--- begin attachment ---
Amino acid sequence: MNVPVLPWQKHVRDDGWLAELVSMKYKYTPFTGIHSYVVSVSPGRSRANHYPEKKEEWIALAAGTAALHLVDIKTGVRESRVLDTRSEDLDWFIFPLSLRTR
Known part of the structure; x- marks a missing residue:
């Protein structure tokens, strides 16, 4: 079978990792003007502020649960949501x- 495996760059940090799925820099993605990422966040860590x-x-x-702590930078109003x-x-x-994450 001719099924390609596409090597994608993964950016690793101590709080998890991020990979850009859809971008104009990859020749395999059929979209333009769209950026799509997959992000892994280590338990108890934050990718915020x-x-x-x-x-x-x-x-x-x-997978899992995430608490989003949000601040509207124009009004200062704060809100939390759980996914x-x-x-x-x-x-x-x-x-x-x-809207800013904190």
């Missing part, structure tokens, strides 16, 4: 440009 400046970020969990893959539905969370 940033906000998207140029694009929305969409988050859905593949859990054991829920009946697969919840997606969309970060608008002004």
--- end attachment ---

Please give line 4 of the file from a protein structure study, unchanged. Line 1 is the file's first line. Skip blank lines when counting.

């Missing part, structure tokens, strides 16, 4: 440009 400046970020969990893959539905969370 940033906000998207140029694009929305969409988050859905593949859990054991829920009946697969919840997606969309970060608008002004």